Better compared to 2019, almost guaranteed but also an irrelevant metric.godlameroso wrote: ↑Mon Jan 06, 2020 10:52 pmIt has to be better, otherwise you're going backwards.Ground Effect wrote: ↑Mon Jan 06, 2020 10:01 pmWe can’t be sure the Renault engine will be better in 2020, we can only speculate/hopegodlameroso wrote: ↑Mon Jan 06, 2020 9:13 pm
Strong words, this is the McLaren topic, I'll only say that Red Bull's 2018 performance was flattered by circumstances. They earned every win they got, what I mean is yes they had a good chassis, and the weakest link in their chassis performance was always the Renault engine. That is what failed. Why did it fail? Because Red Bull designed their own cooling and rear end, which wasn't always compatible with the limits of the Renault machine. Which is why I say their performance was in spite of, and not because of the Renault engine.
What we have seen in 2019 is that the Red Bull had more than adequate cooling for everything and nothing broke this year, despite this conservative approach they still surpassed 2018's chassis performance. 2020 will be even better as they will push things more to the limit for the aero performance it brings.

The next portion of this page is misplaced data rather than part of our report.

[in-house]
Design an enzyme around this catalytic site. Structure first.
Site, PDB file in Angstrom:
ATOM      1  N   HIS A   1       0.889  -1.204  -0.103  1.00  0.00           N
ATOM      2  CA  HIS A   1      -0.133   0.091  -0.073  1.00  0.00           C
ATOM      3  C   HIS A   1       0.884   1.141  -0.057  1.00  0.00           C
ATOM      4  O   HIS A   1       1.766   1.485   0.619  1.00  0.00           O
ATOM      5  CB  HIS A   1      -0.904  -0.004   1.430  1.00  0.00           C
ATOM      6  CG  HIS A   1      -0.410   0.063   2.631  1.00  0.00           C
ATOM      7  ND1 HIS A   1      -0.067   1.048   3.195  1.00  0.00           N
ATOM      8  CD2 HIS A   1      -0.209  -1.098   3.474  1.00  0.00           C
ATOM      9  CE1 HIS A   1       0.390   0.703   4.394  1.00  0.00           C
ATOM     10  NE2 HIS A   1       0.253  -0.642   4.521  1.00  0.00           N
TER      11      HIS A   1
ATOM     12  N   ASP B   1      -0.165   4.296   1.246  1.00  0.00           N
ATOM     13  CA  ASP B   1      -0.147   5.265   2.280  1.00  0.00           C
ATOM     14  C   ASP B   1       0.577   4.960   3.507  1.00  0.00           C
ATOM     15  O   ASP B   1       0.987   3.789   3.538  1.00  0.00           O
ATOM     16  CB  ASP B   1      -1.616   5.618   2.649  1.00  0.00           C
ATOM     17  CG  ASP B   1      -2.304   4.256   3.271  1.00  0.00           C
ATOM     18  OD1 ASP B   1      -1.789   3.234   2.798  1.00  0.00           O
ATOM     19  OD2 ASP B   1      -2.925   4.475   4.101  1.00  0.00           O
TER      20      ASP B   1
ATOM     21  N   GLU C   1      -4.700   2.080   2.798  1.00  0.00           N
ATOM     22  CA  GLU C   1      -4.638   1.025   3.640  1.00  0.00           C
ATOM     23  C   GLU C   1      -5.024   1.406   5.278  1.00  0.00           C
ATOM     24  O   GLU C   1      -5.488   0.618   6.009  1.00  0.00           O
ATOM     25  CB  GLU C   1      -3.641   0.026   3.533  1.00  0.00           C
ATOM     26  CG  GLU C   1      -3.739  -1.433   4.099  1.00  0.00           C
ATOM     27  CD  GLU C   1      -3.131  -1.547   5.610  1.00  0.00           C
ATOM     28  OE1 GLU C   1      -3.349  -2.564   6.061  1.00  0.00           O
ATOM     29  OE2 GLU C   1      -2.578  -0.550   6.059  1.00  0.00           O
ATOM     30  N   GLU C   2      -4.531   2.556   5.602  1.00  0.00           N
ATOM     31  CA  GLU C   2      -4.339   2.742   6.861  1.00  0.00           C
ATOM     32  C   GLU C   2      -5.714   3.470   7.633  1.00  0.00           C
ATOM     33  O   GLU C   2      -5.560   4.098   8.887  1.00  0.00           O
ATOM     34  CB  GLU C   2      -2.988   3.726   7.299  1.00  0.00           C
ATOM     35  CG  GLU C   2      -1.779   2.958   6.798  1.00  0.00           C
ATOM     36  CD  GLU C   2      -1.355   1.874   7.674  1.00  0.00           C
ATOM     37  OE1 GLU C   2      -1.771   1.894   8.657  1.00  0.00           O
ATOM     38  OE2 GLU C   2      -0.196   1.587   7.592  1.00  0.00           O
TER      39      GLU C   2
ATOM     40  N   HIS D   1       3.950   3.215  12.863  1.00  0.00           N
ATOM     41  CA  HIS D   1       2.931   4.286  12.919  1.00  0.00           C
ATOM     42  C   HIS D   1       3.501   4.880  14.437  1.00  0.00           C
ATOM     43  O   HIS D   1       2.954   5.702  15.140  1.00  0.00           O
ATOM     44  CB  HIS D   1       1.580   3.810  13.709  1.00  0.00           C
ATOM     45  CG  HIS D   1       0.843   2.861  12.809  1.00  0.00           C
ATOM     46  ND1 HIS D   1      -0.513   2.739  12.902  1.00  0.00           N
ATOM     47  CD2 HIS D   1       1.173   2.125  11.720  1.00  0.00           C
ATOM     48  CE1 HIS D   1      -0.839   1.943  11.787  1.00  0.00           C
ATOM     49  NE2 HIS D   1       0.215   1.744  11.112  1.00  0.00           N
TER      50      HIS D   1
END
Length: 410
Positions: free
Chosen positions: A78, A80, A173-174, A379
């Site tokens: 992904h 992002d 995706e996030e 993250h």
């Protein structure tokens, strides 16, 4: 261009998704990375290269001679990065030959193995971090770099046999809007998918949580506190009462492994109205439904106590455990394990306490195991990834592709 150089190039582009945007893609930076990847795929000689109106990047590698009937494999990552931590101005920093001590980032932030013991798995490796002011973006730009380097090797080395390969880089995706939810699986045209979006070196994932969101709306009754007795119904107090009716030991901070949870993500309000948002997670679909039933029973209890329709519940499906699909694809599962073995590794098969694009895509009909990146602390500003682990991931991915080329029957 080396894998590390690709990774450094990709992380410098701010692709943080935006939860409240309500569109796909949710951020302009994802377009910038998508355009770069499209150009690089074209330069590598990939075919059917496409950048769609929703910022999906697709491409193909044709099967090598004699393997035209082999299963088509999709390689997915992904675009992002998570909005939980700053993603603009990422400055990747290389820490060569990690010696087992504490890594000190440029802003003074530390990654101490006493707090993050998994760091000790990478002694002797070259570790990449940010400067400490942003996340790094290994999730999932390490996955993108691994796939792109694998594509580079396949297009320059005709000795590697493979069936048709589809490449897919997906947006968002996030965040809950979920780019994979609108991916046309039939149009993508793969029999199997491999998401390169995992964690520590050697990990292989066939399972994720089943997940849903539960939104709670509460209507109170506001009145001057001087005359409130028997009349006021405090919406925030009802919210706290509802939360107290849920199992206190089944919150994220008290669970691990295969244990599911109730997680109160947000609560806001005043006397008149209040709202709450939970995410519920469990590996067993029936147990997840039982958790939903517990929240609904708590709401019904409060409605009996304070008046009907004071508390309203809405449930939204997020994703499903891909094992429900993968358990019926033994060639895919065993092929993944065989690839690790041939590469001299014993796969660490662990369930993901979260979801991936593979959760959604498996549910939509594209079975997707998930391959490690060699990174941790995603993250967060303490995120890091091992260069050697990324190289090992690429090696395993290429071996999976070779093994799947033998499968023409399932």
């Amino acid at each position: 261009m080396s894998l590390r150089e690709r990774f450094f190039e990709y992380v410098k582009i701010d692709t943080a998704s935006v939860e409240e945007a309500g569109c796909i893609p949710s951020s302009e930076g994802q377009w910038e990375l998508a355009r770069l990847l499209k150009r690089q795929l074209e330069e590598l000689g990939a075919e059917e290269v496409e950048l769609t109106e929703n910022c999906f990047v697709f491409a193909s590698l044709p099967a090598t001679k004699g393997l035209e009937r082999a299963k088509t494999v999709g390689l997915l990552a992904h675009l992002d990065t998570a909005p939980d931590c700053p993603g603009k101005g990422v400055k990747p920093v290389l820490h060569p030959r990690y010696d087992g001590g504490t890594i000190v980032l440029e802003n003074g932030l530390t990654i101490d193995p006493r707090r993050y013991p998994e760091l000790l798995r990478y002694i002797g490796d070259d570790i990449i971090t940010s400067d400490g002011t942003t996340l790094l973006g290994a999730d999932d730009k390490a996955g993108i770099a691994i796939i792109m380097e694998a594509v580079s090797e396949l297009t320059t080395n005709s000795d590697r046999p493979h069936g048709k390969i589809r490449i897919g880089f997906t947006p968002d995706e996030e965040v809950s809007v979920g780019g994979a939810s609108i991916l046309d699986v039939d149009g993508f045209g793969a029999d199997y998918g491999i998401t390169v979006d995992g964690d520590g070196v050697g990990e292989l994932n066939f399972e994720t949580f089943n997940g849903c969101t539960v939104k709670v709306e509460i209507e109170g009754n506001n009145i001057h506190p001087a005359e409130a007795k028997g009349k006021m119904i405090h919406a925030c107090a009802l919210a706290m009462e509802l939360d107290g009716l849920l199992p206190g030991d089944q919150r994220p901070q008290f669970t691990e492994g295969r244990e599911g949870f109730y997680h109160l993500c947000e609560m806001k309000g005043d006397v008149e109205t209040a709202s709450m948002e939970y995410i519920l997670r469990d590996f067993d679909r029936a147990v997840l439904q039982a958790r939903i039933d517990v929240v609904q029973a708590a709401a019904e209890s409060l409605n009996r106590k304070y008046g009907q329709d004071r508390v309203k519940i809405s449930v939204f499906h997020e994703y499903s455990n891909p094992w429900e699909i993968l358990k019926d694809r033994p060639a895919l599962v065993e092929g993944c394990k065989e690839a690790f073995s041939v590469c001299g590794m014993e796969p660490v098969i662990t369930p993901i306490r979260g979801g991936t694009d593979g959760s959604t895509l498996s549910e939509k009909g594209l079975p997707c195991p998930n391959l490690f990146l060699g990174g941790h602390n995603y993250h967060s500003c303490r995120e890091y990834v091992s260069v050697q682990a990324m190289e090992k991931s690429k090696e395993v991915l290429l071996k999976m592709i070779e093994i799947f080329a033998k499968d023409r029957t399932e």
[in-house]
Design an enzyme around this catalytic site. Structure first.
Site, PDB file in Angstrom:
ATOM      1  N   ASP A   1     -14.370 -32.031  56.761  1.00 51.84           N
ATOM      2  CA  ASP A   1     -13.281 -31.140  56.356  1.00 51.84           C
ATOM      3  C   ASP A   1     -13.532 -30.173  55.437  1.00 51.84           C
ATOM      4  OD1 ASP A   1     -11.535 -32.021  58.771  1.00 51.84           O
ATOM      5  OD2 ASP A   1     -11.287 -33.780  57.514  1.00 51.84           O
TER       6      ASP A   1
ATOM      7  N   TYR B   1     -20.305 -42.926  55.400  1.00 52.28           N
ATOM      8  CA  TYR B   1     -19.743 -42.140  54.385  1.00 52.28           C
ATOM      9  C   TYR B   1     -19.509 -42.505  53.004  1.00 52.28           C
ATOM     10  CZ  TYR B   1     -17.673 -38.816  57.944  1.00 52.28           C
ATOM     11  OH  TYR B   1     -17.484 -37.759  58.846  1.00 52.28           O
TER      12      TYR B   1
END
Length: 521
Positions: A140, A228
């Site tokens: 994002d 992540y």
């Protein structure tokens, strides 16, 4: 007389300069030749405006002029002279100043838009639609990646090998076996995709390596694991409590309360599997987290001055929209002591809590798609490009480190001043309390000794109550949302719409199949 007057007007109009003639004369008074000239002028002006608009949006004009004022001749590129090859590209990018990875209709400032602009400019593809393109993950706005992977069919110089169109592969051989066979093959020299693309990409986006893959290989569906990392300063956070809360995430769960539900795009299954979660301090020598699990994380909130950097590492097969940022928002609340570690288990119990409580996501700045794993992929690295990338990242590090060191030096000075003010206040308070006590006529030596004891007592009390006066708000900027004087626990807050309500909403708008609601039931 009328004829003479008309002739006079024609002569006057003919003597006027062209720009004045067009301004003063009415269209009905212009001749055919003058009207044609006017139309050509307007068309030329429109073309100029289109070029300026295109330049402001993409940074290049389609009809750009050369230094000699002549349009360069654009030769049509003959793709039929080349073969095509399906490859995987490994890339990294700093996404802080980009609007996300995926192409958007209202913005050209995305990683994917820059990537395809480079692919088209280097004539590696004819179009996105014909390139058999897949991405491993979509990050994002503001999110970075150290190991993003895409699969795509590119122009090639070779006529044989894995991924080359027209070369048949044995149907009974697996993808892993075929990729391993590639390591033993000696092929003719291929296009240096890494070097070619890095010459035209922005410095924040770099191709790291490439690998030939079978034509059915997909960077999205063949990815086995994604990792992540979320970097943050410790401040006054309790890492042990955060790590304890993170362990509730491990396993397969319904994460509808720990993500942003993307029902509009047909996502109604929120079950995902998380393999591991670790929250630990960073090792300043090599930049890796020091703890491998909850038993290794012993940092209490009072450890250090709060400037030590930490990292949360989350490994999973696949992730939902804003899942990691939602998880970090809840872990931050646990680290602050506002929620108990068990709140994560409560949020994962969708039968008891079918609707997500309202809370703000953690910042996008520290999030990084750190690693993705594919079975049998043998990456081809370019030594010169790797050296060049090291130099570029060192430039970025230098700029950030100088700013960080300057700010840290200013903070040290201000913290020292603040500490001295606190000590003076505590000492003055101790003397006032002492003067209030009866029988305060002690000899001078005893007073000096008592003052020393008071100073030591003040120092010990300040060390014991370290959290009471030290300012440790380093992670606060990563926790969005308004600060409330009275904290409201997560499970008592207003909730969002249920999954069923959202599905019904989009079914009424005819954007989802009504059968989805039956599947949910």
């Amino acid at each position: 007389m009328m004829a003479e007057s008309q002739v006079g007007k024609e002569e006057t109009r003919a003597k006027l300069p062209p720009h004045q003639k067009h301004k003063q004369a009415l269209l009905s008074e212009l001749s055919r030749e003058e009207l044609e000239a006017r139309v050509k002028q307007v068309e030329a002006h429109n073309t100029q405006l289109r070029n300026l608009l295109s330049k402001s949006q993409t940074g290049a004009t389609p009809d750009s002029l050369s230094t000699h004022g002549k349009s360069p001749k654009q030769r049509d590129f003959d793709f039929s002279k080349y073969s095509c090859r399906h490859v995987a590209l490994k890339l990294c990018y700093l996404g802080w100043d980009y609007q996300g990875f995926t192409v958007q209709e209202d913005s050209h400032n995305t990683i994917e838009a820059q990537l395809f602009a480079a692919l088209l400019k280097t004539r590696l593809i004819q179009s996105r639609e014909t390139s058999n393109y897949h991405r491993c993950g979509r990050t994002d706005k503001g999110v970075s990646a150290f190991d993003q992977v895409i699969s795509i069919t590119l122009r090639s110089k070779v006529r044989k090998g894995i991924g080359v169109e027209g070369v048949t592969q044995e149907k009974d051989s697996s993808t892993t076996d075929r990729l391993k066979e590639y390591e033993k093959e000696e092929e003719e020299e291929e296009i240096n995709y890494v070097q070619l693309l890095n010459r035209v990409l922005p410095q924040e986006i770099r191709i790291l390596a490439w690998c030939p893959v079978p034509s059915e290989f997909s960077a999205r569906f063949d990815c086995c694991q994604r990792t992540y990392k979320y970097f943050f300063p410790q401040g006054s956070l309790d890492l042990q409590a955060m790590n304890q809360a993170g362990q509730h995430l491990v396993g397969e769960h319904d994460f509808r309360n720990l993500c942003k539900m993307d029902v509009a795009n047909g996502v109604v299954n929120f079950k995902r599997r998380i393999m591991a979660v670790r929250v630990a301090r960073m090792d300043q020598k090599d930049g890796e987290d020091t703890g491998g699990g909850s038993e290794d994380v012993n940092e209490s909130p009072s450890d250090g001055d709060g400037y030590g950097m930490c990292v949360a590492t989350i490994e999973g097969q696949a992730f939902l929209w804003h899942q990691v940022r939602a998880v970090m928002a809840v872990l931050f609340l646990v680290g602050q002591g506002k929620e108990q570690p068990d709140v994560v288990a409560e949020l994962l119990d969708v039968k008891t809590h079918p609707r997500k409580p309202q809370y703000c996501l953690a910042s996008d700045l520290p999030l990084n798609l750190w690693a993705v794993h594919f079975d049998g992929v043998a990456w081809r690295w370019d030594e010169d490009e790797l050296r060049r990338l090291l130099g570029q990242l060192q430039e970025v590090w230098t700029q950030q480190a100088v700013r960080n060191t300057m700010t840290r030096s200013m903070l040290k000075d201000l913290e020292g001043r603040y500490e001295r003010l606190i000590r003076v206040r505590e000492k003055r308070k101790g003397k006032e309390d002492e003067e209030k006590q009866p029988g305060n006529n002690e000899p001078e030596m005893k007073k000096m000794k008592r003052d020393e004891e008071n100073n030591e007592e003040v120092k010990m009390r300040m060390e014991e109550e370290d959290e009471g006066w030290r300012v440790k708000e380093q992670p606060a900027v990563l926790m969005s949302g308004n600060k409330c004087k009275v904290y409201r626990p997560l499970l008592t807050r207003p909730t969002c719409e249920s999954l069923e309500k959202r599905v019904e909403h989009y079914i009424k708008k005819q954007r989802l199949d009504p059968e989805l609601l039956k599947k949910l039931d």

Yes McLaren will certainly be better, but I maintain that if you go too extreme with the rear end, the Ferrari/Renault layout has more trouble dealing with it, than a split turbo setup. In 2019 the Ferrari/Renault layout had the lowest chassis performance, the Ferrari/Renault layout did much better on drag limited circuits vs downforce limited circuits. McLaren did very well, and has a chance to make another big step, this is obvious. However with a Mercedes power unit with a split turbo setup they have a chance to take an even bigger step.
If McLaren were happy with what was possible with Renault they would have stayed, because the Renault power unit is now relatively on par with the others, and will be even better in 2020.
Better in 2020 compared to other PU's than how they compared in 2019, no guarantee at all.